Crises and changes have been the dominant themes this year and uncertainty looks likely to continue in 2016, writes Paul Needham.
2015 has been a turbulent year in the German leisure travel industry with swings in demand, crises in destinations and managerial changes at the market leaders. Crisis management and restructuring have been top of the priority lists at major tour operators while travel agents have tried to cope with fluctuating business trends.
German consumers started the year in a shopping mood and holiday bookings grew well in the first few months. But demand weakened in the spring before recovering well in the summer with good late sales. The tourism year closed with low single-digit growth. Over the last couple of months, however, bookings have slowed, and tour operators report a relatively modest start to summer 2016 sales. Travel agents are unsurprisingly pessimistic about the outlook for next year.
With the German economy generally growing solidly this year and unemployment still at low levels, crises in various destinations are largely to blame for this fluctuation. Above all, the terror attacks in Tunisia, which killed dozens of tourists, Ankara, Beirut, Paris and elsewhere, as well as the charter jet crash at Sharm el-Sheikh have left consumers uncertain about whether and where to go on holiday. The massive inflow of refugees into Germany since the summer has added to the sense of uncertainty. Destinations such as Tunisia and Egypt have seen bookings slump while demand for Turkey has also suffered.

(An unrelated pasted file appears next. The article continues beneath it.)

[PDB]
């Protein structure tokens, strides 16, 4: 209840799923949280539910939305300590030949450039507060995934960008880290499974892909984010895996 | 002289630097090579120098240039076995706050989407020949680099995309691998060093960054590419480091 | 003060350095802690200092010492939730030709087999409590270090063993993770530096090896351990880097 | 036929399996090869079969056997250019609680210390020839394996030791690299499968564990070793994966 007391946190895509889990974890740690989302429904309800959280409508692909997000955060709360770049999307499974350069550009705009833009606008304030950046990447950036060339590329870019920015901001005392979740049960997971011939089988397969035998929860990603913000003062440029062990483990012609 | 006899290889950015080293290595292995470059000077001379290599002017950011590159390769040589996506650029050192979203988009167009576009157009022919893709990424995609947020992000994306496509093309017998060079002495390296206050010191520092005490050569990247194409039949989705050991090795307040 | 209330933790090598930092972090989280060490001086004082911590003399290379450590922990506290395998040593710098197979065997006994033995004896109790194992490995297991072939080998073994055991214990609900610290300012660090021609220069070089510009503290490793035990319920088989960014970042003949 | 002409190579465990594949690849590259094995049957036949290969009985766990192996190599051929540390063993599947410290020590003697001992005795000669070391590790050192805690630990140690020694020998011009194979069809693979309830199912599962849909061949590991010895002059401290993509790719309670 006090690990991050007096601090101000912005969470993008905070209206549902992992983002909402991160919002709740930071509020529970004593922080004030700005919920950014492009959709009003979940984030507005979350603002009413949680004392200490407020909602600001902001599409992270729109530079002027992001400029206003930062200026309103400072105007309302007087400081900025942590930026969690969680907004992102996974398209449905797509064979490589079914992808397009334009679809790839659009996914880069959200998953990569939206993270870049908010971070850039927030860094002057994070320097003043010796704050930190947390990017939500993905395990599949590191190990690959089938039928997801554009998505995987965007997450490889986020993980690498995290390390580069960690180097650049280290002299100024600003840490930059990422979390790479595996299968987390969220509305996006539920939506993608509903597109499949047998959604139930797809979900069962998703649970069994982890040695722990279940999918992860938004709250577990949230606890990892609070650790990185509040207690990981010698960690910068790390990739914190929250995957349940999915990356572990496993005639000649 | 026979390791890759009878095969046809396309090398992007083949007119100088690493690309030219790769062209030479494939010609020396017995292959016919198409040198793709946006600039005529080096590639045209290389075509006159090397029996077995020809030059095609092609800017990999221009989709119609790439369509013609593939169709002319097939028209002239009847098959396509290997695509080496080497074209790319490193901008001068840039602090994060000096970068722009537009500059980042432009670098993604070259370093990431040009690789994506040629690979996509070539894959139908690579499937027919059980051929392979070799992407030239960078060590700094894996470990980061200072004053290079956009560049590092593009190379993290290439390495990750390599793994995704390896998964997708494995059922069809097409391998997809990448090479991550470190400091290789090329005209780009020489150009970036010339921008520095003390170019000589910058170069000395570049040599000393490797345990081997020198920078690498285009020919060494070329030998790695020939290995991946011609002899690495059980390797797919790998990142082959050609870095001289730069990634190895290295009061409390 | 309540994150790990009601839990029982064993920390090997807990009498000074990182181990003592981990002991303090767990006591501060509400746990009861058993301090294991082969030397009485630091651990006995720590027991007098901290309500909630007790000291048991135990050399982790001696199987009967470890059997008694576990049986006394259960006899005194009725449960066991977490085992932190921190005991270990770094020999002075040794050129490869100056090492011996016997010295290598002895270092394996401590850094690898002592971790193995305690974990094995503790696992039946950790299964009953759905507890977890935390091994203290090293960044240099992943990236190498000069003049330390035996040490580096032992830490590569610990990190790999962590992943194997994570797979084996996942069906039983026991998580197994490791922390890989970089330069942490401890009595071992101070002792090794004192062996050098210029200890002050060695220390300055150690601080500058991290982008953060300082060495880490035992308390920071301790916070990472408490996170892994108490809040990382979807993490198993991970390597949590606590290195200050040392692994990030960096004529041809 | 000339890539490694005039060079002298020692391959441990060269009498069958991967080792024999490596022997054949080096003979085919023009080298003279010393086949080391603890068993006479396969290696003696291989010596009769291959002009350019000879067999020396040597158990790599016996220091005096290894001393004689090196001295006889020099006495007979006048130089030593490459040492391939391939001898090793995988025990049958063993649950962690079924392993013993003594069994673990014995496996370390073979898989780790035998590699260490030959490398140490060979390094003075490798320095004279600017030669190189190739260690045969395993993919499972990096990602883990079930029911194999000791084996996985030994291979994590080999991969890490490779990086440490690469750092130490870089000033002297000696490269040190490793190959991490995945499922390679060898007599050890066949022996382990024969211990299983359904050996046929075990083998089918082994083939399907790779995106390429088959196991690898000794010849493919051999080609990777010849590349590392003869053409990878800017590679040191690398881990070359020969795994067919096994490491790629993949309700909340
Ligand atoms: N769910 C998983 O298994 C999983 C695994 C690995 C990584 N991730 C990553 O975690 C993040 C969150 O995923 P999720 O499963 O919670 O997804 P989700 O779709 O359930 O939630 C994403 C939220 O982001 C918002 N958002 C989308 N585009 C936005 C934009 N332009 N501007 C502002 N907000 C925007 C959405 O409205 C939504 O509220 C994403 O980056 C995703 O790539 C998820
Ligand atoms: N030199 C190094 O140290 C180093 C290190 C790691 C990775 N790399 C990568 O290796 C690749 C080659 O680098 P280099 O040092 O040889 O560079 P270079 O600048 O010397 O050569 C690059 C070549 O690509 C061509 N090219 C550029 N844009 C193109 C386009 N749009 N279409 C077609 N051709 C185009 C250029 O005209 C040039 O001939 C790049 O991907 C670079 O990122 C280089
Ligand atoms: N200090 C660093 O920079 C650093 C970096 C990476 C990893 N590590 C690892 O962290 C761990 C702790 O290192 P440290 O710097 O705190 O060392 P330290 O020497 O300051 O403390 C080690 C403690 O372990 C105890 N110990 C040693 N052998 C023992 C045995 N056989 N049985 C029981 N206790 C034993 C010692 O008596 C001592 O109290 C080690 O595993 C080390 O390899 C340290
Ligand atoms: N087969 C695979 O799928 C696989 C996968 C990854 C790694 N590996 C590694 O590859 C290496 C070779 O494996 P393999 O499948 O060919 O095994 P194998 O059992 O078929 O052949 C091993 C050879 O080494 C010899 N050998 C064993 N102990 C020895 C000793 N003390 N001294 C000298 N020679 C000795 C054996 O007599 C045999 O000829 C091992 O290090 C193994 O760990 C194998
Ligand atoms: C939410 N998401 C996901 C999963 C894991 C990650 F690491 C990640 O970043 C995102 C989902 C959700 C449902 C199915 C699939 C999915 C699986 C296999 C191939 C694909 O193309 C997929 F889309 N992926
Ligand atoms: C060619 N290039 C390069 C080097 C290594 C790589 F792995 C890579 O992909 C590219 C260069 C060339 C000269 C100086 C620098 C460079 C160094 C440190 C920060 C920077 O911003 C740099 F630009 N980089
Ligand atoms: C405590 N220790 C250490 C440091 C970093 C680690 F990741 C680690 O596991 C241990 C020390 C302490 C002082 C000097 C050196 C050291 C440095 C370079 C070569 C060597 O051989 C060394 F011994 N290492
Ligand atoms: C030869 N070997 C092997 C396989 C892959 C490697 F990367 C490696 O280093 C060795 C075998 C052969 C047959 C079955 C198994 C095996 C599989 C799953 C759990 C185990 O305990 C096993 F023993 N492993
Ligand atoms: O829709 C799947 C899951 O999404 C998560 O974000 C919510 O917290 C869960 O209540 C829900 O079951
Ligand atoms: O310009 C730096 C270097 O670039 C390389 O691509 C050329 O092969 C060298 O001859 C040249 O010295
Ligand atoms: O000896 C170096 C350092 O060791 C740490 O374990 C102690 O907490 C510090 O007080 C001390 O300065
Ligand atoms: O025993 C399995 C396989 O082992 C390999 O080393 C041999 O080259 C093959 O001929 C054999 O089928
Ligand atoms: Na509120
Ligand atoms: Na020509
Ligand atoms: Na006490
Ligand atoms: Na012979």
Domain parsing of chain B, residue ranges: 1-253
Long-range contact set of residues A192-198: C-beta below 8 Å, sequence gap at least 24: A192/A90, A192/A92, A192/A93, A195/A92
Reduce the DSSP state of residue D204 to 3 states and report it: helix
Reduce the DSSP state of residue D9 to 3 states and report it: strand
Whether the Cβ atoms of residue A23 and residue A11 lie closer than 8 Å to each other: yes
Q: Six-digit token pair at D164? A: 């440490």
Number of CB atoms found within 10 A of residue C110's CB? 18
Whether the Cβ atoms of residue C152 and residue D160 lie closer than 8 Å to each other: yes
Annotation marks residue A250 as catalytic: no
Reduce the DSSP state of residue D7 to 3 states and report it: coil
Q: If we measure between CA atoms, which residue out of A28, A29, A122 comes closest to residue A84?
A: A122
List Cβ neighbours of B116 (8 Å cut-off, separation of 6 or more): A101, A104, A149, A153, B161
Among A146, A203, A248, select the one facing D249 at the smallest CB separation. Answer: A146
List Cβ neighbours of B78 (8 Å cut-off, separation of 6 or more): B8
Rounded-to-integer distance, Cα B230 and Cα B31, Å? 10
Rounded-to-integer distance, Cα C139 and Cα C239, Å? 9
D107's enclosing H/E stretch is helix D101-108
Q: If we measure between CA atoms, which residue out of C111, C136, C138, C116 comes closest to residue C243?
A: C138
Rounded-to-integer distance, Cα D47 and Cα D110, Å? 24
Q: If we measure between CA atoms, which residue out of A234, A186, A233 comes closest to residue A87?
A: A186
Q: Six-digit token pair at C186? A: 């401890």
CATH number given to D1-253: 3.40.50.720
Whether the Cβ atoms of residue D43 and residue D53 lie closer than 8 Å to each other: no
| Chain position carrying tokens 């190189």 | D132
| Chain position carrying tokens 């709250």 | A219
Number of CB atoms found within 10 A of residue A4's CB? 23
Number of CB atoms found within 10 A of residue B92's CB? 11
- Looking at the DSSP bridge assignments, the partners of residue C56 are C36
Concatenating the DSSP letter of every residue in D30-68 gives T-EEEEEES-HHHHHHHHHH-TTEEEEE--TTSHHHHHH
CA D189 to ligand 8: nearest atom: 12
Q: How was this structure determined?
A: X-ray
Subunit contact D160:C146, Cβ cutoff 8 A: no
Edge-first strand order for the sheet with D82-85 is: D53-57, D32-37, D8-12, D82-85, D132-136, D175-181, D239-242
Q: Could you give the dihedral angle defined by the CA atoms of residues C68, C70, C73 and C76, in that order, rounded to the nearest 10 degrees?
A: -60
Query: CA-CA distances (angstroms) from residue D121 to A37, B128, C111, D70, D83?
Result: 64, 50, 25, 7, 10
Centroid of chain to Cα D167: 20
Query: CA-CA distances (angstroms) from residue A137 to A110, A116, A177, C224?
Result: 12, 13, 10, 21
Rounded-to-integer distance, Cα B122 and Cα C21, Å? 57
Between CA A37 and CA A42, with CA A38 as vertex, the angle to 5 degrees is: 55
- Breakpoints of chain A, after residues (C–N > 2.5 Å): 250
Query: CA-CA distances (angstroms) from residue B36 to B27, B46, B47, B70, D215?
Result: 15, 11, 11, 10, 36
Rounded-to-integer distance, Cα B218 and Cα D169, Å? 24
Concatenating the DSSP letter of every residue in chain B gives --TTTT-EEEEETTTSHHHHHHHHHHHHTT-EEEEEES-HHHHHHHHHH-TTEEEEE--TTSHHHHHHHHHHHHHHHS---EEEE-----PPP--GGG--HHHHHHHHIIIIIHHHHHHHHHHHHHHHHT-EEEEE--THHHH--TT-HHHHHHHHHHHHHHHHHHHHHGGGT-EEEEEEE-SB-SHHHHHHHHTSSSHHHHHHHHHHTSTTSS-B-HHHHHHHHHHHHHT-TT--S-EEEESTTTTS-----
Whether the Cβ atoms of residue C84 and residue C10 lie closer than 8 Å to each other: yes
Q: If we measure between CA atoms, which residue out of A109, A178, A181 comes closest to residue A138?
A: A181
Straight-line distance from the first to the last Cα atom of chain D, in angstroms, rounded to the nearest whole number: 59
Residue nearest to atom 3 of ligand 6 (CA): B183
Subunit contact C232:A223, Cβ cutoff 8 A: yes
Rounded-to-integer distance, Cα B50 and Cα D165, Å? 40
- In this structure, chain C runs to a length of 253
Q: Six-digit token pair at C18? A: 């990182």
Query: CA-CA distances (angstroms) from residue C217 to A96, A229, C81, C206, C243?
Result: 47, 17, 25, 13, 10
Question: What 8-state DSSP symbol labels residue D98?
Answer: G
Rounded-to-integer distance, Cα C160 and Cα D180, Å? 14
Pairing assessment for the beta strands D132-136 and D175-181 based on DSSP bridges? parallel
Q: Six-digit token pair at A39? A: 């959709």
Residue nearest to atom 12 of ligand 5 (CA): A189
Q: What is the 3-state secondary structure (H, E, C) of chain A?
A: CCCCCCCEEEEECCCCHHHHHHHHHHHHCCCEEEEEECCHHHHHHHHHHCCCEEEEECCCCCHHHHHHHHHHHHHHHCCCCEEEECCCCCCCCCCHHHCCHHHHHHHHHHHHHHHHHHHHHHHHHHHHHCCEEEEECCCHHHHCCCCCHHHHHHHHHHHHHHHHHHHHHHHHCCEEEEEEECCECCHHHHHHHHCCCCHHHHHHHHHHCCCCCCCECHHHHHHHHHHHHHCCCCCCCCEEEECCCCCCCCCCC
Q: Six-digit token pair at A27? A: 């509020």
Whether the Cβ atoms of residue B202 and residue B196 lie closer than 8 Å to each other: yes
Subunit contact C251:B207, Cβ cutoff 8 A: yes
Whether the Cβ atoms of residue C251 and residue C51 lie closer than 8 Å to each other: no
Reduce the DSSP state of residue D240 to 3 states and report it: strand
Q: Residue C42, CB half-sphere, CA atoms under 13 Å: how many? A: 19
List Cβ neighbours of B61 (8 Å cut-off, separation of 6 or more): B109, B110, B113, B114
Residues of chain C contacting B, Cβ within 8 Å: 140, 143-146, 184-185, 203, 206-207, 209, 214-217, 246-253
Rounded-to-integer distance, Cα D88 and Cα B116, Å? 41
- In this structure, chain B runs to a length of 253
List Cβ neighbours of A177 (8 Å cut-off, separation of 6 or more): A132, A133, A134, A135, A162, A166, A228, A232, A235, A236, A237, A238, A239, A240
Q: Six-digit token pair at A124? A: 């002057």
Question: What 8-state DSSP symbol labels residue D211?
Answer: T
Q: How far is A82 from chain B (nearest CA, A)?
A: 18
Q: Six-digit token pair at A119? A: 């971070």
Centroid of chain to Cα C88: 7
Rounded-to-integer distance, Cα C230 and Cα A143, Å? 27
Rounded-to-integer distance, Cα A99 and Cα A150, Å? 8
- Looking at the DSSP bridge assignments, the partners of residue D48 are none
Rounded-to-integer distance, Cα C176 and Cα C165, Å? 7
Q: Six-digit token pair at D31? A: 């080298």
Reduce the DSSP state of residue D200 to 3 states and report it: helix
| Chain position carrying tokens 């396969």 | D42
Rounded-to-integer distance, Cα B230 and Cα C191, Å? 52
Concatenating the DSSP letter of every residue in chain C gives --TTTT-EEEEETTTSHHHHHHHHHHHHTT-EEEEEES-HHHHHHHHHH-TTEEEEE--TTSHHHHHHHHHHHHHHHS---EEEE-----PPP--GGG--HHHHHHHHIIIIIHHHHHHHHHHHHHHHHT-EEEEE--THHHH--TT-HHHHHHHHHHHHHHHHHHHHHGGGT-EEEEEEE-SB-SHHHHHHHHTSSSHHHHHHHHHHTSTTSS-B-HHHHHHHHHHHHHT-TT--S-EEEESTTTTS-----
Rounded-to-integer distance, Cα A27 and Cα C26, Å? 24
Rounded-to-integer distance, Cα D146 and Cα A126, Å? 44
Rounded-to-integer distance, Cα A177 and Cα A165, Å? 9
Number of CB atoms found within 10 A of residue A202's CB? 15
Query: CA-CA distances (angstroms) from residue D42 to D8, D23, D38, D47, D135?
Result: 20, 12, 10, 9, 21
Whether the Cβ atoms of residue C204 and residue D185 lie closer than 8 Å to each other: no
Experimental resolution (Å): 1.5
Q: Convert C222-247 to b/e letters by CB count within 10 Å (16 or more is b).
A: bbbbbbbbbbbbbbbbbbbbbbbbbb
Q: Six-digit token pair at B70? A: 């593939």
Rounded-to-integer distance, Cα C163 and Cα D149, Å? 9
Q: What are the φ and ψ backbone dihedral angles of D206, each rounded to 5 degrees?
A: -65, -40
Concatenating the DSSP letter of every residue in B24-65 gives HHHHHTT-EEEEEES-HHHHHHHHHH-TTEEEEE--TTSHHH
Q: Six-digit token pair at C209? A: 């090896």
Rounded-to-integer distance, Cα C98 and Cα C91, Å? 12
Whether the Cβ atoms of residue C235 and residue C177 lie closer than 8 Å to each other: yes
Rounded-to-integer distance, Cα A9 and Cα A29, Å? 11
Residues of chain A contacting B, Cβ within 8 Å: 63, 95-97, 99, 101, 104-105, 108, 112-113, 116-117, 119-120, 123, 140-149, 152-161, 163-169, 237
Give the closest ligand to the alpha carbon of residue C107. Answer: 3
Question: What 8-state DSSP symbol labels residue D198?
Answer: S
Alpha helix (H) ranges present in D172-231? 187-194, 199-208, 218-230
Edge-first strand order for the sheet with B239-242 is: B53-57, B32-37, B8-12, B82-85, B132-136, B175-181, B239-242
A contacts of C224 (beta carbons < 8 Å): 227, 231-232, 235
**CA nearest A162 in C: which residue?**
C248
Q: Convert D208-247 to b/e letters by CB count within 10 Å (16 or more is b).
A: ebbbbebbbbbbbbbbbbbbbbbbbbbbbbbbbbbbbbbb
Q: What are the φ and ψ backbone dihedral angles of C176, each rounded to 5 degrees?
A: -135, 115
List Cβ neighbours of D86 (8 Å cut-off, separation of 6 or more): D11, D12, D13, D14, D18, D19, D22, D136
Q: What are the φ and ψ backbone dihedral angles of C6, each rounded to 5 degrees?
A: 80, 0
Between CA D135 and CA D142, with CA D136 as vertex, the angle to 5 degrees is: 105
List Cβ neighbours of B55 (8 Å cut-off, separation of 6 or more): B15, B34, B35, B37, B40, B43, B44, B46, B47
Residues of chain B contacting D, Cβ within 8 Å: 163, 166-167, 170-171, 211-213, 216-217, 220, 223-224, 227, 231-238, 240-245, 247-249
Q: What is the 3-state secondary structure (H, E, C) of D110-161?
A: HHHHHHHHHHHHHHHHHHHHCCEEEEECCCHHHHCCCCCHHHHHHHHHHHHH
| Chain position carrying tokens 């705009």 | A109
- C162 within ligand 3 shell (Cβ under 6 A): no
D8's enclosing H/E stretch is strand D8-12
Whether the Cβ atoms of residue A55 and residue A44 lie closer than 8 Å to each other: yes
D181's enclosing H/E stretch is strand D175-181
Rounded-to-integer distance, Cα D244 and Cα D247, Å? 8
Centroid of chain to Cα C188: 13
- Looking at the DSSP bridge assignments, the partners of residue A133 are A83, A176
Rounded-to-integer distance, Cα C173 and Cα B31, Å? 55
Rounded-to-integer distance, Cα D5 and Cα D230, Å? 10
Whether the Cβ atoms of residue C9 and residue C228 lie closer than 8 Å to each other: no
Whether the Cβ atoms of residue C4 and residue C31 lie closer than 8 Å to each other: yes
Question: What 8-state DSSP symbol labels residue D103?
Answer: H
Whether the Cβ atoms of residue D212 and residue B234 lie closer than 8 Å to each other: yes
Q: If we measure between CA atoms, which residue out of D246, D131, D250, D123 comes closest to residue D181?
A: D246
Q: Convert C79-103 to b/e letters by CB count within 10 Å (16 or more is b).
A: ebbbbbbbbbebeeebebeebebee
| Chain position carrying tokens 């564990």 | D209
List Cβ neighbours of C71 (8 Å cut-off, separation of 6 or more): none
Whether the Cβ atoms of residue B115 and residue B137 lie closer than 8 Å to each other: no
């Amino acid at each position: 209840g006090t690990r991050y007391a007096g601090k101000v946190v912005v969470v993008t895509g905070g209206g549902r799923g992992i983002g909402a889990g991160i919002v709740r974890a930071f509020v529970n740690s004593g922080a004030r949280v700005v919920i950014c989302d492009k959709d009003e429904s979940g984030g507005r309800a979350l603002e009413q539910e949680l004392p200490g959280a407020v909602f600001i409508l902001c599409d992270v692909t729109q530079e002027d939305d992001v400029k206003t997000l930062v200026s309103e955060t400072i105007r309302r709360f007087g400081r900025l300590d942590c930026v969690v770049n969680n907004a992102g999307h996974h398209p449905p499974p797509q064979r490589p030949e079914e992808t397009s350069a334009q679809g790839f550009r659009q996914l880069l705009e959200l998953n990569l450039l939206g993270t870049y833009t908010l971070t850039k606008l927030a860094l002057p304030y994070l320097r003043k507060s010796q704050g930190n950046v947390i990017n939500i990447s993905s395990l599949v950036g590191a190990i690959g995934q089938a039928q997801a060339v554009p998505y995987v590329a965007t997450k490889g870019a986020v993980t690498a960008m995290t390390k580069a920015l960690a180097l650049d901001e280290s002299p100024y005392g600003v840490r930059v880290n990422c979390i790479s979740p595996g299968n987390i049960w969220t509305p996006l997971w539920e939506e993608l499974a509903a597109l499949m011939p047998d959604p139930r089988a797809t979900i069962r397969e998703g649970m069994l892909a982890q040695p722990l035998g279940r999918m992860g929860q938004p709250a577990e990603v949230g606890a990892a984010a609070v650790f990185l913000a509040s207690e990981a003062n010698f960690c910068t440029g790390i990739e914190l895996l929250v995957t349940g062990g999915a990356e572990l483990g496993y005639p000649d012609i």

Meanwhile, it has also been a turbulent time within the German travel industry. Both TUI and Thomas Cook replaced their Germany chiefs due to disappointing financial results and the two companies have embarked on their latest restructuring measures to improve efficiency, reduce costs and benefit from European synergies, including TUI’s ‘power brand’ strategy and Thomas Cook’s new European tour operating model.
DER Touristik also restructured its Germany management team but its most spectacular move was to snap up Kuoni’s European tour operator businesses at a bargain price to turn into a European group and narrow the gap to the two market leaders. FTI, Alltours and Schauinsland also remained on the growth path.
Both Air Berlin and Lufthansa have also been flying through turbulence this year. At Air Berlin, new CEO Stefan Pichler aims to finally steer the carrier out of the red but has been braked by disagreements with shareholder Etihad Airways over the size and shape of the planned downsizing, as well as by the dispute with the German transport ministry over the two carriers’ code-share flights. Lufthansa will look back on 2015 as an “annus horribilis” due to the traumatic Germanwings crash and the damaging strikes by pilots and cabin staff.
Looking ahead, travel industry leaders have repeatedly affirmed in recent weeks that Germans will continue to travel next year but are warning they are likely to switch to destinations seen as safer. This seems a highly likely scenario unless tangible improvements can be made in safety and security in the troubled destinations.
However, there are also signs of optimism despite this somewhat gloomy picture. For example, bookings for cruises and long-haul holidays continue to grow strongly, city trips remain popular and overall demand remains positive. Fundamentally, the German leisure travel market remains stable and robust, and can be expected to continue growing in 2016.